The Essay

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I thought this interesting (in terms of style, as much as content):

In its original literary use the word essay was intended to apply to a newly-created form of writing and to emphasize its experimental nature. The essay was supposed to be an attempt or a trial, and Abraham Cowley – sometimes called the father of the English essay – when his little collection of essays was published, gave it the title of Several Discourses by way of Essays, and proceeded to discourse of himself and the world at large in the most charmingly discursive way. ‘The word is late’, said that very great figure in the world of the essay, Francis Bacon, when he dedicated his essays to the Prince of Wales, ‘but the thing is ancient’, though Seneca’s Epistles to Lucilius which Bacon cited as examples of the essay were also described by him as ‘Dispersed Meditations’. And Addison in The Spectator spoke of ‘The wildness of those compositions which go by the name of Essays…’ and added that Seneca and Montaigne are patterns for writings of this kind. But from the time of Bacon the use of the word has been somewhat indiscriminate. It is now to be found applied to the most diverse forms of writing, from the solemn and learned treatise to the slightest and most ephemeral effusion of the moment. It is used, for example, to describe Montaigne and his ‘well-meaning book’, as indeed it should be, for Montaigne not only created the new form of writing, but attached the word essais to his first publication in 1580. But the same word is applied to Malthus and his Essay on Population, to Locke and his Essay concerning Human Understanding, to Pope’s Essay on Criticism and his Essay on Man (although they are both in heroic couplets), to the essays of Bacon, Macaulay, Froude and Carlyle, to John Earle’s Micro-Cosmographie, or a Piece of the World discovered in Essayes and characters, to Sir Philip Sidney’s An Apologie for Poetrie, to G.K. Chesterton’s Tremendous Trifles, to the ‘Prefaces’ of Bernard Shaw, to Hilaire Belloc’s On Something, On Nothing and On Everything, to Jeremy Taylor, to Steele and Addison, Robert Louis Stevenson and Charles Lamb, and to a thousand other vividly contrasted styles of writing and subject matter.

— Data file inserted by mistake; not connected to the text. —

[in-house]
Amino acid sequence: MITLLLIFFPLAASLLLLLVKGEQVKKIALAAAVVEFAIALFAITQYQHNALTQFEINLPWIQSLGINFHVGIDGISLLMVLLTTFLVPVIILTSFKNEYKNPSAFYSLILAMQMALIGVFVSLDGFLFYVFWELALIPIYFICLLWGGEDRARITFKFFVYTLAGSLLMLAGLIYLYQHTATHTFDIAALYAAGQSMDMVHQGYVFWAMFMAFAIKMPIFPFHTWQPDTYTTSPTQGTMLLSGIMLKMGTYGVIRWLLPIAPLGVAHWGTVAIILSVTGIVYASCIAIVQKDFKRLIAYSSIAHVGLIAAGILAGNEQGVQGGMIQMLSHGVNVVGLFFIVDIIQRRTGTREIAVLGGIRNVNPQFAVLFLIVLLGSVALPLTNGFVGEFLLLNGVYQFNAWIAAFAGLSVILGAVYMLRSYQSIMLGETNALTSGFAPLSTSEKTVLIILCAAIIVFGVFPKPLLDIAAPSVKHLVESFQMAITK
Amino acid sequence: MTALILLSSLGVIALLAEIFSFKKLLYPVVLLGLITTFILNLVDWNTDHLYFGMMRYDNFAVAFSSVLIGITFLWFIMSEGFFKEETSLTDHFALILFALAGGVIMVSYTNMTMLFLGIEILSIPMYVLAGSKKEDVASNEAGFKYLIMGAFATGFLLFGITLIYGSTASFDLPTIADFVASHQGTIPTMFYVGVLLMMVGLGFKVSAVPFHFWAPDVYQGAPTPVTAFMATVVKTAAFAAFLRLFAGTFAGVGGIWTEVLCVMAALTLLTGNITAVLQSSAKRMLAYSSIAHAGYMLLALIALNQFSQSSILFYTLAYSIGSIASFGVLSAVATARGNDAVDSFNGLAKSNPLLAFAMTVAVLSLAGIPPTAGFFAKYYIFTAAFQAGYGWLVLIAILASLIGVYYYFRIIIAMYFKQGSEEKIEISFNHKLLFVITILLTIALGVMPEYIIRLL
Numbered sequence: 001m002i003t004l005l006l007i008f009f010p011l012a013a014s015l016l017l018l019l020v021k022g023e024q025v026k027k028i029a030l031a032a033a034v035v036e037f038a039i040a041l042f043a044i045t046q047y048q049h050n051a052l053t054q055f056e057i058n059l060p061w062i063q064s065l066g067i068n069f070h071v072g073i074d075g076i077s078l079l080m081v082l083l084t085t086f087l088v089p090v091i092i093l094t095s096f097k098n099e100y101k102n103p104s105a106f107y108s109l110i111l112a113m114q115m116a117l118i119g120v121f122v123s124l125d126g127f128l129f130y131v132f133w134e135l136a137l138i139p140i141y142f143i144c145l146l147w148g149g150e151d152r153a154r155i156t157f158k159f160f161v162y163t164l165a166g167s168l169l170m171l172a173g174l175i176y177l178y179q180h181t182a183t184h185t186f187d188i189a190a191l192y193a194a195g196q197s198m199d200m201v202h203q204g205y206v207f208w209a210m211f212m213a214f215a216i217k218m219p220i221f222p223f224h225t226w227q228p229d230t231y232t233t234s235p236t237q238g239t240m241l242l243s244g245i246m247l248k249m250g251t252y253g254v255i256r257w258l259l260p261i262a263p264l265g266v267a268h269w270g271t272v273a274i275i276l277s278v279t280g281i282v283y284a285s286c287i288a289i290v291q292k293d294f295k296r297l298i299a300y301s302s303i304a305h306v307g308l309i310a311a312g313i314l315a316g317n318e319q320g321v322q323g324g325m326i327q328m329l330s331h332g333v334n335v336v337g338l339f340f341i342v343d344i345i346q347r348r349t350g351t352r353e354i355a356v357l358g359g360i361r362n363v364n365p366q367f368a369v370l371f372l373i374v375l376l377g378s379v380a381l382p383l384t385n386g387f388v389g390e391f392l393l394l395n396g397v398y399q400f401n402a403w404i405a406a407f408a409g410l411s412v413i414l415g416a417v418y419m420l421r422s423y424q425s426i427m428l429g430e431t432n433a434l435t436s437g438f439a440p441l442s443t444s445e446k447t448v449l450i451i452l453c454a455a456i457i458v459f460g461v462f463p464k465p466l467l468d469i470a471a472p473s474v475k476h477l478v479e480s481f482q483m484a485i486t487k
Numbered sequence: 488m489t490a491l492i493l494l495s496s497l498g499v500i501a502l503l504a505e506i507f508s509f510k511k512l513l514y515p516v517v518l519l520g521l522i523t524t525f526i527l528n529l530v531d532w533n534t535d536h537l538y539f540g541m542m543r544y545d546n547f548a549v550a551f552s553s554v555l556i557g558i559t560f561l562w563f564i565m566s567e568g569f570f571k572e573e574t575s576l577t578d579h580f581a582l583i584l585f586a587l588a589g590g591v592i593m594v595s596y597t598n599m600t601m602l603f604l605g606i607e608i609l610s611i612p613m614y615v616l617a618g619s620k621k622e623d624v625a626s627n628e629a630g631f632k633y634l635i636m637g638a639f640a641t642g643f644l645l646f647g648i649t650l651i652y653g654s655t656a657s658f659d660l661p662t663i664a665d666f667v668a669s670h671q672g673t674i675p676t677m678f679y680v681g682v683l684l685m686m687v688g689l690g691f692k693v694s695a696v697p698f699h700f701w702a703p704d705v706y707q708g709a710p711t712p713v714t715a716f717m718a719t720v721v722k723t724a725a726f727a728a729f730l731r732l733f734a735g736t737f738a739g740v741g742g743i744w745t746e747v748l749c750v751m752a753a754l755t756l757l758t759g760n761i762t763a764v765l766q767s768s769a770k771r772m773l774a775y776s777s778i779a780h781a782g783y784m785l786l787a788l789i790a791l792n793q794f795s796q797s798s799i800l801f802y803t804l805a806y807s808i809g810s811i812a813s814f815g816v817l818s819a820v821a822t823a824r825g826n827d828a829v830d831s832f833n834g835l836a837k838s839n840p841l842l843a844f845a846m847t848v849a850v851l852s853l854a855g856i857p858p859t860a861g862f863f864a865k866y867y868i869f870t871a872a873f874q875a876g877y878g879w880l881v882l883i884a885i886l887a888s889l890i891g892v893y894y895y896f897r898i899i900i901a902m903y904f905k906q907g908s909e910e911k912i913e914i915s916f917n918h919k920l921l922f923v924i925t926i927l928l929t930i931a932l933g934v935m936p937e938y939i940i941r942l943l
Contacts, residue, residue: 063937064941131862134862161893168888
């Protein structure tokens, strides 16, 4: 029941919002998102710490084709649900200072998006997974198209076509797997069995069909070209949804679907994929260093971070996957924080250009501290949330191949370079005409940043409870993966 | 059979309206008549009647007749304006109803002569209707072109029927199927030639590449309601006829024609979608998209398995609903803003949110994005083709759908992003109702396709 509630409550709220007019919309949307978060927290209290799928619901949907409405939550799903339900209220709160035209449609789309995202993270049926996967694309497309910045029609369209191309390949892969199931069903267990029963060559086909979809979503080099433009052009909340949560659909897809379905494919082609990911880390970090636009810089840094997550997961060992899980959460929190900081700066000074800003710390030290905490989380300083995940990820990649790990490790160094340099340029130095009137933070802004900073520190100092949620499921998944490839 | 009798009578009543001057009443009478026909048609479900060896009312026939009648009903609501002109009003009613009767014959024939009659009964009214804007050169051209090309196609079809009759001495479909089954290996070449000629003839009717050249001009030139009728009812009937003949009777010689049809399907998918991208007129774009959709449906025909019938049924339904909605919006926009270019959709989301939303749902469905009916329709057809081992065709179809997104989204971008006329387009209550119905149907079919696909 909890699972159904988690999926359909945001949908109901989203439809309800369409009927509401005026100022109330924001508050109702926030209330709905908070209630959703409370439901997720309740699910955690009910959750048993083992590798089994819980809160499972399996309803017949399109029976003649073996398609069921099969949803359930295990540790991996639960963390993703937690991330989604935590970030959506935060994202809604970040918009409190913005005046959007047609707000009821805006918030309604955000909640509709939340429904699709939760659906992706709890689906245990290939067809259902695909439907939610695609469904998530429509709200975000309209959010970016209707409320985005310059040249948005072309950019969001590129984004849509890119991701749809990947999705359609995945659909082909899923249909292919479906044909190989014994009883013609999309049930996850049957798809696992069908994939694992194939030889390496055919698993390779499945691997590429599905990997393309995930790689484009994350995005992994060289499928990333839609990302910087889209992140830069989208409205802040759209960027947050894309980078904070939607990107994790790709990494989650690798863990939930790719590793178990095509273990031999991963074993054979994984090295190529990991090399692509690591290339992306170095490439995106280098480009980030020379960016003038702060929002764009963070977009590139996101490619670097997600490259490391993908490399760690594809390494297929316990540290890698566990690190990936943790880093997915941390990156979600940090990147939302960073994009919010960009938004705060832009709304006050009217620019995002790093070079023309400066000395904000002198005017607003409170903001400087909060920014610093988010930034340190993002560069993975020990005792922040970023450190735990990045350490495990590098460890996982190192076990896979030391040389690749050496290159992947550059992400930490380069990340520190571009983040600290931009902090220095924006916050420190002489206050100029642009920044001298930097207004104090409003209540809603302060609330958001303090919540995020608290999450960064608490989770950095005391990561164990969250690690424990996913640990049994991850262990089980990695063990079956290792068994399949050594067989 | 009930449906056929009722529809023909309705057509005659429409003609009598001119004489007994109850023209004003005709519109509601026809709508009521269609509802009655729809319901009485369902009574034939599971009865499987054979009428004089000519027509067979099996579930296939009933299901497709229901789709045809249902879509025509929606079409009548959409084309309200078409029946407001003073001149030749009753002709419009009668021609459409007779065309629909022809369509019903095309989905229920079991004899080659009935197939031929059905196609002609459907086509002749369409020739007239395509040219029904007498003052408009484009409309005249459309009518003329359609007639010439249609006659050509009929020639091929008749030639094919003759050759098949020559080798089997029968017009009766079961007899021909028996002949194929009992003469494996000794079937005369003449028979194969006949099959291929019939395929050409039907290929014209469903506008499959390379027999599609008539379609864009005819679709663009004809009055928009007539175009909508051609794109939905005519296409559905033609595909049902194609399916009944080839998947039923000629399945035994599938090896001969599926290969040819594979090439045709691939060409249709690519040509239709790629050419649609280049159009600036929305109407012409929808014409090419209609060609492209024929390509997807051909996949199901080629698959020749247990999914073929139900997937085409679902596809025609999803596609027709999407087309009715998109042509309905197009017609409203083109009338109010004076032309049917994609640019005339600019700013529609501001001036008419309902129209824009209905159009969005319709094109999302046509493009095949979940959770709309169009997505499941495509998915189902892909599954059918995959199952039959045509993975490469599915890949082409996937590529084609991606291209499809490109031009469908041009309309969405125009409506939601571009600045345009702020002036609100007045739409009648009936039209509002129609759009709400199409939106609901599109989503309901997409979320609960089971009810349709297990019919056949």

Michel de Montaigne started the fashion and English writers have adopted and adapted it to the lasting glory of literature in all the succeeding centuries. In the year 1571 he was 38 years old. He was well-to-do, and had quite deliberately turned away from ‘the eager and tumultuary pursuits of the life political’, as Lord Morley once described them, and had retired to the calm and quietude of his country home. Here it was, in ‘the tower raised above but not removed from men’s follies’, that he began  the composition of the essais that were destined to place him amongst the immortals. Had the hopes based on the peace of Saint Germain been fulfilled, Montaigne might have written no essays at all, but have spent his life in some form of political activity, for which in some respects he was well fitted. In that event, the stream of English literature might well have run in some other course that the course it followed after the publication of the first two books of Montaigne in 1580. In John Florio’s translation of 1603, the Essays were made more accessible to English readers, and in the ‘Address from the Author to the Reader’, Montaigne sets out the purpose of his mind. The memorable opening words are – ‘Reader, lo here a well-meaning book’, and he continues – ‘Had my intention been to forestal and purchase the world’s opinion and favour, I would surely have adorned my selfe more quaintly, or kept a more grave or solemne march. I desire therein to be delineated in mine owne genuine and simple and ordinarie fashion, without contention, art or study; for it is my selfe I pourtray.’